Jim Whitehurst the CEO of the multibillion dollar open source company RedHat took to his keyboard to record and share the insights that have helped his company create a more inclusive culture and increase its productivity.  Typically books written by CEOs are used as long form SEC filings intended to woo shareholders.  Bill Gates predicted the iPhone in 1995 among several paragraphs of corporate doublespeak.  

Jim does take time to talk about his company in a positive light, but doesn’t get too much into specifics about predictions of the future.  Instead he’s more focussed and excited to tell you about how he’s learned to work with the many diverse people that make up his organization.  He openly shares insight on his methods for encouraging them to give their best effort to the company.  Throughout the book he covers his transition from a high ranking officer at Delta Airlines to working for a company that seemingly had an initially chaotic organizational structure.

The insights he provides work well with RedHat, but I work in a very structured hierarchical organization.  I read this skeptical of whether or not  I could apply those insights within my own sphere of influence.   Jim’s passion for the open organization was compelling and I began the experiment at work.  After a bit of transition costs I’ve noticed increased a more positive atmosphere at work.  We spend a little bit longer in the discussion phase–and sometimes it’s a bit messier–but the execution phase has become much shorter.  The wonderful people I manage are taking more of the right type of initiative in their everyday activities.  This initiative spreads the decision making across the organization and reduces decision fatigue not only for myself, but for other leaders as well giving us more time to focus on the tasks specific to our assigned roles.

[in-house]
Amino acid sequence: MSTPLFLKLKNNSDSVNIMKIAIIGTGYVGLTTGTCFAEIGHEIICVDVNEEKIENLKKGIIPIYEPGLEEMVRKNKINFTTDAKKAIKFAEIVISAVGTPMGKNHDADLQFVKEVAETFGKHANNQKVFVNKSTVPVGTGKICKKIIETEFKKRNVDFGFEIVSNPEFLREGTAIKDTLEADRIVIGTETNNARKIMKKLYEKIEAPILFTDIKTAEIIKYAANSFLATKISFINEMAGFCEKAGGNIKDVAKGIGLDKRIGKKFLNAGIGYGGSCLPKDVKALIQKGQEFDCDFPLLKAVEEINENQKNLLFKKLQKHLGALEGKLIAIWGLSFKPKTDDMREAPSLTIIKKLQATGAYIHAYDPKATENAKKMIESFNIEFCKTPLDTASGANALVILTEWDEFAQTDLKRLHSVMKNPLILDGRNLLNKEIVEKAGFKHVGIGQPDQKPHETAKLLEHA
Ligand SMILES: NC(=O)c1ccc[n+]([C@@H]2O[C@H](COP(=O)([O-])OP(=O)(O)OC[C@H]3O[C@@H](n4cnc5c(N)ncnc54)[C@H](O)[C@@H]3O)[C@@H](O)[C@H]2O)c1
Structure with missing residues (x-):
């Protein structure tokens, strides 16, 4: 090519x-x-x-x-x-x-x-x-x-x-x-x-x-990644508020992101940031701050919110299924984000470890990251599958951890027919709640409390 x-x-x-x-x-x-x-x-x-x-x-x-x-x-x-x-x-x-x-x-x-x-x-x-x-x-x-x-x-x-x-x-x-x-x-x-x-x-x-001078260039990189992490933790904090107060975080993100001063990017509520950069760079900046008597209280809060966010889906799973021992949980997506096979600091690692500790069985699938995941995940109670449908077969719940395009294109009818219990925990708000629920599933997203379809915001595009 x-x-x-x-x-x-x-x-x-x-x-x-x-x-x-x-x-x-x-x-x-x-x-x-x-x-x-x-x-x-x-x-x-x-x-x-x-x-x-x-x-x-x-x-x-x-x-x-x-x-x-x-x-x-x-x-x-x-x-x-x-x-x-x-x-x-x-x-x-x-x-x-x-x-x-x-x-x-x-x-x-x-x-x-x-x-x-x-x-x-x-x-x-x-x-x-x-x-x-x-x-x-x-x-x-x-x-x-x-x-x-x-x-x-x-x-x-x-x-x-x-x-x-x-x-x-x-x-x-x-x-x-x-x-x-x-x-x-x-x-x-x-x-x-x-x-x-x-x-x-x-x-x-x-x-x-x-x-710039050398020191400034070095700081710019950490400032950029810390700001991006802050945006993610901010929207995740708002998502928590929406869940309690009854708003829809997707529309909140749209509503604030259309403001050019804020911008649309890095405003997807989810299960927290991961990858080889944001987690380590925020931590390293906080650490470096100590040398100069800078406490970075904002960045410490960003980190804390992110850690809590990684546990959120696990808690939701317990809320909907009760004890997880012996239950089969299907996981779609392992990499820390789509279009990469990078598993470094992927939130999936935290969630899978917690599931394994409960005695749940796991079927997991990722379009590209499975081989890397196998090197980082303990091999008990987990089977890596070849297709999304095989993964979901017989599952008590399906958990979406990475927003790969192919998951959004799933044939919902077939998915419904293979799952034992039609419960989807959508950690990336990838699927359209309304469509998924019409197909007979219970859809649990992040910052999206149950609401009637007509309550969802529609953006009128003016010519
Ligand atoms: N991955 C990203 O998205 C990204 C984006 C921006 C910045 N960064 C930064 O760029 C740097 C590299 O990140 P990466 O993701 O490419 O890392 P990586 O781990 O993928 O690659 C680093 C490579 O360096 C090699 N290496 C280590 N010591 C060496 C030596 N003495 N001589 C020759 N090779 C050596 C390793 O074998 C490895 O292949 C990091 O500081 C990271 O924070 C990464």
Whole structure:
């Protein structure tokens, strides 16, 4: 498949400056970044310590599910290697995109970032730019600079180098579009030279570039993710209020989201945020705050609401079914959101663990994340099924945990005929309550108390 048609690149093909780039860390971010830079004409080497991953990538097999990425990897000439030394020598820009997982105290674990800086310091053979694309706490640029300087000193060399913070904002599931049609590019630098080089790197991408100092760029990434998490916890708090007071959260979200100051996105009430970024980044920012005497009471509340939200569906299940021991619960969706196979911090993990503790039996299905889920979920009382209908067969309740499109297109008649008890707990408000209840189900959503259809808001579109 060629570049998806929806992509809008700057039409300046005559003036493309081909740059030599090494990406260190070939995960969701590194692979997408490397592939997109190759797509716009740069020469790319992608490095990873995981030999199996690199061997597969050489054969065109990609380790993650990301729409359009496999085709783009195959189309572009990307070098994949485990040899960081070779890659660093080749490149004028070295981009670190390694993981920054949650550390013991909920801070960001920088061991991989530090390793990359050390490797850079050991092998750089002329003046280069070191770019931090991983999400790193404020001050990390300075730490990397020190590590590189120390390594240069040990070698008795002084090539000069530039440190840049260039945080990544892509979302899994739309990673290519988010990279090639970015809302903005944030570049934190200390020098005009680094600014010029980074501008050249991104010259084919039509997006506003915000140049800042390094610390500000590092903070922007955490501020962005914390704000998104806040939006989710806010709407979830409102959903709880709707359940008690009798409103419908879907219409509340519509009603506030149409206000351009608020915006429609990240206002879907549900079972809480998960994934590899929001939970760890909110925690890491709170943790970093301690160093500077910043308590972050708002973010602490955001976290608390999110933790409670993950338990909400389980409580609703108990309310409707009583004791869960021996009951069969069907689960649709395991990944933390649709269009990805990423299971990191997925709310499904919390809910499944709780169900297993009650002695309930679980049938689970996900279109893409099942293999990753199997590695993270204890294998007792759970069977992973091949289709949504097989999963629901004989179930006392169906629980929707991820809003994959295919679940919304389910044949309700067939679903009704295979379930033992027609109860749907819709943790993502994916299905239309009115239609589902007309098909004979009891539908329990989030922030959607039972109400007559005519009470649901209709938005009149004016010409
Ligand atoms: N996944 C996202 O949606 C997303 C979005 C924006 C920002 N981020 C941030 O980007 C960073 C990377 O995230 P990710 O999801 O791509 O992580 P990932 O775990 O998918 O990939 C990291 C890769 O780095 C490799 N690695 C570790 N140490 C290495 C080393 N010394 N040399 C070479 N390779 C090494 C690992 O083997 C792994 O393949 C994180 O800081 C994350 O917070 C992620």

I learned from this book that even with the most top down driven organizational architecture there’s room to include a more open atmosphere.  Doing so improves efficiency and morale.  Although we can’t tare down the 200 plus years of tradition that lead to our hierarchical organization’s success, we can layer on open organization principles and be successful.  The hierarchy gives us an efficient backdrop to leverage when necessary, while the open communication principles help us maximize our talent.  In my opinion this book can easily help any organization increase employee output.  If your meetings are lacking in thoughtful discussion this book is an easy roadmap to help you get them back on track.

The Open Organization
Hardcover: 256 pages
Audible Listening Length: 6 hours and 22 minutes
Publisher: Harvard Business Review Press (June 2, 2015)
Language: English
ISBN-10: 1625275277